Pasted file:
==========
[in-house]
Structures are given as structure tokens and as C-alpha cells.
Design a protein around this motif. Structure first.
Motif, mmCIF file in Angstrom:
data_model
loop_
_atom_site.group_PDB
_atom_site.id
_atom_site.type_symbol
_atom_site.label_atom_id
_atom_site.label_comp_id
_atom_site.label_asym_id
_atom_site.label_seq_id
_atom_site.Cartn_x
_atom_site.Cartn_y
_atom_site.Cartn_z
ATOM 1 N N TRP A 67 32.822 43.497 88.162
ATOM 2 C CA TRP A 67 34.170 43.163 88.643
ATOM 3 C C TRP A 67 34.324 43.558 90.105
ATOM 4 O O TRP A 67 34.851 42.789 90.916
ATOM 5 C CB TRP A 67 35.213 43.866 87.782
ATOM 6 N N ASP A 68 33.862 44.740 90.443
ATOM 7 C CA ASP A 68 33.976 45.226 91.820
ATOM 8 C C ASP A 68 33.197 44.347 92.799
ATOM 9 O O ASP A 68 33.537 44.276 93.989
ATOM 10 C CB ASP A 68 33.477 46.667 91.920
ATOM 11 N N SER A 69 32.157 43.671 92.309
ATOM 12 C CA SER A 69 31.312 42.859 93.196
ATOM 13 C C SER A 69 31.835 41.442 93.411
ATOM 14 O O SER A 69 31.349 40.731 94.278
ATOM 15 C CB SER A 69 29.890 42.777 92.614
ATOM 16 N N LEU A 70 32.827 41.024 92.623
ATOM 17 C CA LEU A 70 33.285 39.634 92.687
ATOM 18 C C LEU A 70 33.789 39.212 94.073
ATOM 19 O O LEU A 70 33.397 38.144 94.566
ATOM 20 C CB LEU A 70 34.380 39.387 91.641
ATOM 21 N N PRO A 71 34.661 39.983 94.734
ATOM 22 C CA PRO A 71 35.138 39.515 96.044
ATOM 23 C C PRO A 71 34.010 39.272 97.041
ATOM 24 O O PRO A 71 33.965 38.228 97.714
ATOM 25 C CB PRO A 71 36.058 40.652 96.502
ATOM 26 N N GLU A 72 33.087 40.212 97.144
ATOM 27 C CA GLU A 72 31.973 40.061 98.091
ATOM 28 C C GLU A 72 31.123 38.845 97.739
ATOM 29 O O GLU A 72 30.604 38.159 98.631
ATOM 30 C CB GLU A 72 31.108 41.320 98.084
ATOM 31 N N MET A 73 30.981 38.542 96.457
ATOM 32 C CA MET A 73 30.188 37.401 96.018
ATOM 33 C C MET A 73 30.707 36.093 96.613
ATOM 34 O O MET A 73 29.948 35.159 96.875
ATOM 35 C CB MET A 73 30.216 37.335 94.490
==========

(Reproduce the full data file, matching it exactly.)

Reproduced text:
[in-house]
Structures are given as structure tokens and as C-alpha cells.
Design a protein around this motif. Structure first.
Motif, mmCIF file in Angstrom:
data_model
loop_
_atom_site.group_PDB
_atom_site.id
_atom_site.type_symbol
_atom_site.label_atom_id
_atom_site.label_comp_id
_atom_site.label_asym_id
_atom_site.label_seq_id
_atom_site.Cartn_x
_atom_site.Cartn_y
_atom_site.Cartn_z
ATOM 1 N N TRP A 67 32.822 43.497 88.162
ATOM 2 C CA TRP A 67 34.170 43.163 88.643
ATOM 3 C C TRP A 67 34.324 43.558 90.105
ATOM 4 O O TRP A 67 34.851 42.789 90.916
ATOM 5 C CB TRP A 67 35.213 43.866 87.782
ATOM 6 N N ASP A 68 33.862 44.740 90.443
ATOM 7 C CA ASP A 68 33.976 45.226 91.820
ATOM 8 C C ASP A 68 33.197 44.347 92.799
ATOM 9 O O ASP A 68 33.537 44.276 93.989
ATOM 10 C CB ASP A 68 33.477 46.667 91.920
ATOM 11 N N SER A 69 32.157 43.671 92.309
ATOM 12 C CA SER A 69 31.312 42.859 93.196
ATOM 13 C C SER A 69 31.835 41.442 93.411
ATOM 14 O O SER A 69 31.349 40.731 94.278
ATOM 15 C CB SER A 69 29.890 42.777 92.614
ATOM 16 N N LEU A 70 32.827 41.024 92.623
ATOM 17 C CA LEU A 70 33.285 39.634 92.687
ATOM 18 C C LEU A 70 33.789 39.212 94.073
ATOM 19 O O LEU A 70 33.397 38.144 94.566
ATOM 20 C CB LEU A 70 34.380 39.387 91.641
ATOM 21 N N PRO A 71 34.661 39.983 94.734
ATOM 22 C CA PRO A 71 35.138 39.515 96.044
ATOM 23 C C PRO A 71 34.010 39.272 97.041
ATOM 24 O O PRO A 71 33.965 38.228 97.714
ATOM 25 C CB PRO A 71 36.058 40.652 96.502
ATOM 26 N N GLU A 72 33.087 40.212 97.144
ATOM 27 C CA GLU A 72 31.973 40.061 98.091
ATOM 28 C C GLU A 72 31.123 38.845 97.739
ATOM 29 O O GLU A 72 30.604 38.159 98.631
ATOM 30 C CB GLU A 72 31.108 41.320 98.084
ATOM 31 N N MET A 73 30.981 38.542 96.457
ATOM 32 C CA MET A 73 30.188 37.401 96.018
ATOM 33 C C MET A 73 30.707 36.093 96.613
ATOM 34 O O MET A 73 29.948 35.159 96.875
ATOM 35 C CB MET A 73 30.216 37.335 94.490